A new RFI is open for public input on ways to implement presidential orders issued earlier this year.
GSA is seeking advice on protecting the nation's power system and other critical infrastructure from cyberattacks. (Stock image)
The General Services Administration has issued a request for information on the topic of making the federal government's cybersecurity more resilient.
The RFI, issued in partnership with a federal cybersecurity interagency working group, is "a key step to improving acquisition cybersecurity policy, implementation, and consistency to better manage risks and security," according to GSA's announcement.
It specifically pertains to an executive order and a presidential policy directive dealing with cybersecurity to protect the nation's critical infrastructure, such as power, transportation, health care and other sectors that are vital to the country's daily life. President Barack Obama issued the documents in February.
"Collaboration and cooperation allow government to deliver critical services to our federal partners and, most importantly, the American people," GSA Acting Administrator Dan Tangherlini said in the announcement. "The RFI is an important first step to a public/private partnership that will help secure our nation's infrastructure. Developing these cybersecurity procurement recommendations is a priority for GSA and the interagency working group."
The announcement comes on the heels of Capitol Hill testimonies from three top Homeland Security Department officials who on May 16 underscored current threats to critical infrastructure.
Charles Edwards, DHS deputy inspector general, told a House Homeland Security subcommittee that industrial control systems used in much of the nation's critical infrastructure is increasingly under attack. Edwards warned of dire consequences should the attacks continue to escalate, and noted five specific attacks on various parts of the energy sector, including oil and gas companies and power distribution companies.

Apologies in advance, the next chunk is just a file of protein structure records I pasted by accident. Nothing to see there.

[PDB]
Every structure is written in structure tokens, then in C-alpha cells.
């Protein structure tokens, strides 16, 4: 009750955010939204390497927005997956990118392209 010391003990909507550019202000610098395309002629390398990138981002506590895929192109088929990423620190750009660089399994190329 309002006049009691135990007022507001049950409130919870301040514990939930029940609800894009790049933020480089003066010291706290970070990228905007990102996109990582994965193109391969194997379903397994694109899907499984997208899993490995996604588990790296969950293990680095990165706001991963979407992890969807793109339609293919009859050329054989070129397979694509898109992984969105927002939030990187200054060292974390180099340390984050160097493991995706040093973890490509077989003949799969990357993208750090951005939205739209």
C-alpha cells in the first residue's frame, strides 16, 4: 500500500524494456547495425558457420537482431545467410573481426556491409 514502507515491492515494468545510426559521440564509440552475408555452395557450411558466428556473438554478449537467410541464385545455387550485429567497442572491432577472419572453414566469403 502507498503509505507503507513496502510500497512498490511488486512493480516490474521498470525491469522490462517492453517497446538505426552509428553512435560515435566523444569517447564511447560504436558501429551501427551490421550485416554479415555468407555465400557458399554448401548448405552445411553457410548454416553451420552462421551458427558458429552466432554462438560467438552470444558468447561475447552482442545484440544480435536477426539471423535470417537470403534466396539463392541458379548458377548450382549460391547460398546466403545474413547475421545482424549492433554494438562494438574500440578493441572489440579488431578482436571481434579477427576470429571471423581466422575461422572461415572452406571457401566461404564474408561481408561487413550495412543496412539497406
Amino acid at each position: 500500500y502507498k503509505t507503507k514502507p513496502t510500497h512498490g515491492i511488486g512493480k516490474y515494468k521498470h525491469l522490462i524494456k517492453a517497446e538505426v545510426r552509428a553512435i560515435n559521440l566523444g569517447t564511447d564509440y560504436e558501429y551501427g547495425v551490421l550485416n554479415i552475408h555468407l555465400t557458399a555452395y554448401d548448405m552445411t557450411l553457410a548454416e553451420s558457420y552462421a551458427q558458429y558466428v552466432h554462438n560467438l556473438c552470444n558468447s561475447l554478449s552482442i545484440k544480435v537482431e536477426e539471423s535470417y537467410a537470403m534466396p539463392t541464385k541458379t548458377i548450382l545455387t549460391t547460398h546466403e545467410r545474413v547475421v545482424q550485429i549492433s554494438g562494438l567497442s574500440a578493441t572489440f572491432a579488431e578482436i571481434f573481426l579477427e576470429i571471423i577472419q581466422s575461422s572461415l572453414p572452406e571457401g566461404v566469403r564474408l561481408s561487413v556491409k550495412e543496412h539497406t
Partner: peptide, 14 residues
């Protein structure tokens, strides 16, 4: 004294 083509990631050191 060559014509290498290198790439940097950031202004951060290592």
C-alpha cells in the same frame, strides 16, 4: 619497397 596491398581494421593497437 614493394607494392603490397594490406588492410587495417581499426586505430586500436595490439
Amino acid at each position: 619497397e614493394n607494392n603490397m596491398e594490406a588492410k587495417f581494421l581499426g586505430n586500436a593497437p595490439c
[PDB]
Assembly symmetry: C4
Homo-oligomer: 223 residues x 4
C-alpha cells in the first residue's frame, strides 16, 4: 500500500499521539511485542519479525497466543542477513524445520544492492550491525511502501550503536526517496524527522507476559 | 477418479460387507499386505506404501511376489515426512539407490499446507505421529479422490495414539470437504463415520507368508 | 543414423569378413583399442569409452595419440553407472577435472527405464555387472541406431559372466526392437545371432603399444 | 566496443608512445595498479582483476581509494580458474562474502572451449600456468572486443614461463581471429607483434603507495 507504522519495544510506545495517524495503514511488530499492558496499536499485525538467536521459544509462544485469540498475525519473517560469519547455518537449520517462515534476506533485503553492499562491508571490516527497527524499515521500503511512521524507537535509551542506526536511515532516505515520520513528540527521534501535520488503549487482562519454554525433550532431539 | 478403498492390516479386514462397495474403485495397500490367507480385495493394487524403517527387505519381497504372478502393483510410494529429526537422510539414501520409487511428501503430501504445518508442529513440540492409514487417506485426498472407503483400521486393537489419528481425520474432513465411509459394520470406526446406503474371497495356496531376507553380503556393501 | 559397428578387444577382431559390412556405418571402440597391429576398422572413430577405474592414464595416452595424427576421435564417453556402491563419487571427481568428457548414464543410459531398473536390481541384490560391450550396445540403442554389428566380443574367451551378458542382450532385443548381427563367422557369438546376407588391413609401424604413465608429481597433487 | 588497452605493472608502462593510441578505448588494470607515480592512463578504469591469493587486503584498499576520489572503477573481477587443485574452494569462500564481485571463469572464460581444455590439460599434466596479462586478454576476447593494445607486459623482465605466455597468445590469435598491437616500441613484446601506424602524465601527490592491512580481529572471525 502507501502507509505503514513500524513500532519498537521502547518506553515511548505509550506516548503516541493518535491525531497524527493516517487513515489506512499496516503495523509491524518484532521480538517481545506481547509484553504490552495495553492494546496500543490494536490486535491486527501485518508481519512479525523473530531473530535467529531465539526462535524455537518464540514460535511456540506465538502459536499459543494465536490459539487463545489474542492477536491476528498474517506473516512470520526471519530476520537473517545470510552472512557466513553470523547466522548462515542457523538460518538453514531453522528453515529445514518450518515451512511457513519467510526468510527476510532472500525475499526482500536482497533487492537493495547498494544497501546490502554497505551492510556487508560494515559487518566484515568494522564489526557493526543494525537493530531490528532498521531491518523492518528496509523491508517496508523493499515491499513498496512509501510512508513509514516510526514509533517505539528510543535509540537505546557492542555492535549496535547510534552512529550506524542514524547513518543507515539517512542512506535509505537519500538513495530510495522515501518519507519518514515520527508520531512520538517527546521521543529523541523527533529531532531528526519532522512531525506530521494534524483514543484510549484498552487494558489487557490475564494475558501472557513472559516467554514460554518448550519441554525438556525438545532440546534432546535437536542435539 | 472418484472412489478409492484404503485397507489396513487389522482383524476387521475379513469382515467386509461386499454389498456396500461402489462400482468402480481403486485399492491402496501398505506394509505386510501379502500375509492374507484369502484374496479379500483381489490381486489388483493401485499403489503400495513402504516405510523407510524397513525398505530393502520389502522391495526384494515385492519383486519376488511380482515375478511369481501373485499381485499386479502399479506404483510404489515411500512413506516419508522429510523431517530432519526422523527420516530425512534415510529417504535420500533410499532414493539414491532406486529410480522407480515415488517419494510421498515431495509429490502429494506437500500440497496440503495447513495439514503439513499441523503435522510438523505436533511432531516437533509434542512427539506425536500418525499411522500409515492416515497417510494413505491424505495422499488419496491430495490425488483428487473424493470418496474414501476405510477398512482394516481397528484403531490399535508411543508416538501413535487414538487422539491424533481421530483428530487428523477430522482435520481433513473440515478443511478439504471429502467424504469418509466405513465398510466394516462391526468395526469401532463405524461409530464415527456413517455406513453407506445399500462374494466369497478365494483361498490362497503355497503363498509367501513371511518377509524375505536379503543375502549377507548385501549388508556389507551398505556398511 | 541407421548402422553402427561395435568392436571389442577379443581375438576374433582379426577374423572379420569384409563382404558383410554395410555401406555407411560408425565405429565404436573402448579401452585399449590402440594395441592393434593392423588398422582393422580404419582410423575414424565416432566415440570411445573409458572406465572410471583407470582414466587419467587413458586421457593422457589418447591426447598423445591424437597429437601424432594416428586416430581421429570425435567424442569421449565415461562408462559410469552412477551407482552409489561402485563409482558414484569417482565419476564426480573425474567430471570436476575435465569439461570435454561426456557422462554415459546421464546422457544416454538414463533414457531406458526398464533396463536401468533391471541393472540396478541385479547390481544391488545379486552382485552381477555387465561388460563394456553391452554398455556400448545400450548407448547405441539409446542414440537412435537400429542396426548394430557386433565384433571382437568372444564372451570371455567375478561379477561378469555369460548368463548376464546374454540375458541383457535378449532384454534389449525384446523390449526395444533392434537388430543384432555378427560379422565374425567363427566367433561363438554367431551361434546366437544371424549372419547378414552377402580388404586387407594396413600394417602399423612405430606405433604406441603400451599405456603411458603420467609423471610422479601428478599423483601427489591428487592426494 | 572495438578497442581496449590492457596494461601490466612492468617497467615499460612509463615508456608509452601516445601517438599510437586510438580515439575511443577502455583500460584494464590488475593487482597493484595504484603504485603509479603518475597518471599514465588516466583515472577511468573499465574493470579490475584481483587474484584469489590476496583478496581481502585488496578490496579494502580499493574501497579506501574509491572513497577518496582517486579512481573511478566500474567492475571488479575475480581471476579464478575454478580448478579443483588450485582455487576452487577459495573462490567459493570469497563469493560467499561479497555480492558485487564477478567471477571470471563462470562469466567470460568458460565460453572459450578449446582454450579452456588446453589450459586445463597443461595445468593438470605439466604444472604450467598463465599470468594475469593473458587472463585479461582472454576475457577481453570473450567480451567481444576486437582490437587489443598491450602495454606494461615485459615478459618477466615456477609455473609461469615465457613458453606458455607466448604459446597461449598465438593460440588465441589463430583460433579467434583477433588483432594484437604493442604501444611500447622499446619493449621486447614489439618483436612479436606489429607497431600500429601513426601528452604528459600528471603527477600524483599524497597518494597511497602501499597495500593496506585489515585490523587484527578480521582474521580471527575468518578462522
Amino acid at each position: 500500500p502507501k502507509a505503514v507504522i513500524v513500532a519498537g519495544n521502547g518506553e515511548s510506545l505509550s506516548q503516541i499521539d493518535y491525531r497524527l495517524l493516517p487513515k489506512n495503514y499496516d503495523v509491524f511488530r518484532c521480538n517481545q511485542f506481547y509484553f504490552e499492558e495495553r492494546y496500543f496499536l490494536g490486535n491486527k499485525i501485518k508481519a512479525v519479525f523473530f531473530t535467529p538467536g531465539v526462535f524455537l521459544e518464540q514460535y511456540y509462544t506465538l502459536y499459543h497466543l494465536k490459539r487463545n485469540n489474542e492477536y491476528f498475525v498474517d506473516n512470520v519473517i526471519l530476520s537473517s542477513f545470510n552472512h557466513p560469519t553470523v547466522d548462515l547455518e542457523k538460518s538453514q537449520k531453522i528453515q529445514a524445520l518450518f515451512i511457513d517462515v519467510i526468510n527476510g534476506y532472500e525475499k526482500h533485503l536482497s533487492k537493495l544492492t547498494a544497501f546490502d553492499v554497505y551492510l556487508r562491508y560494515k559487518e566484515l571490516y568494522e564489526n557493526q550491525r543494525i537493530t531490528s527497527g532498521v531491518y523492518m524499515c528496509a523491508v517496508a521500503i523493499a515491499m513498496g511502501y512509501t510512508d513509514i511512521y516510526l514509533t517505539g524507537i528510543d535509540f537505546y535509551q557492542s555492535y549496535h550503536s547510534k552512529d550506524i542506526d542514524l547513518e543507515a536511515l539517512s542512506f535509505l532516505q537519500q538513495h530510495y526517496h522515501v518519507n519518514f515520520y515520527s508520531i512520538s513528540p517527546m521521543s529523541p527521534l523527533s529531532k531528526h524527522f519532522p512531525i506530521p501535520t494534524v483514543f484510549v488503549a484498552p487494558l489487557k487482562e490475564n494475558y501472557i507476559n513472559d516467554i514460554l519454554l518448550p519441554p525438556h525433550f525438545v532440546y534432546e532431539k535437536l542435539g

"A recent survey revealed that a majority of the companies in the energy sector had experienced cyber attacks, and about 55 percent of these attacks targeted [industrial control systems," Edwards said in his testimony. "These attacks involved large-scale denial-of-service and network infiltrations. Successful attacks on ICS can give malicious users direct control of operational systems, creating the potential for large-scale power outages or man-made environmental disasters and cause physical damage, loss of life, and other cascading effects that could disrupt services."
Two other officials highlighted growing efforts to better share information between agencies, something the cybersecurity executive order specifically mentions.
"Successful response to dynamic cyber threats requires leveraging homeland security, law enforcement, and military authorities and capabilities, which respectively provide for domestic preparedness, criminal deterrence and investigation, and national defense," Roberta Stempfley, acting assistant secretary of the office of cybersecurity and communications in DHS' National Protection and Programs Directorate, and Larry Zelvin, director of DHS' National Cybersecurity and Communications Integration Center (NCIC), wrote in a joint testimony.
Stempfley and Zelvin outlined work at the NCIC as it ramps up activities in conjunction with the executive order, and also discussed the changing role of the government writ large in its approach to national cybersecurity.
"As today's physical and cyber infrastructures become increasingly linked, critical infrastructure and emergency response functions grow ever more inseparable from the information technology systems that support them," they noted. "The government's role in this effort is to share information and encourage enhanced security and resilience, while identifying and addressing gaps not filled by the marketplace."
To read the RFI and provide comments, click here to go to the Federal Register.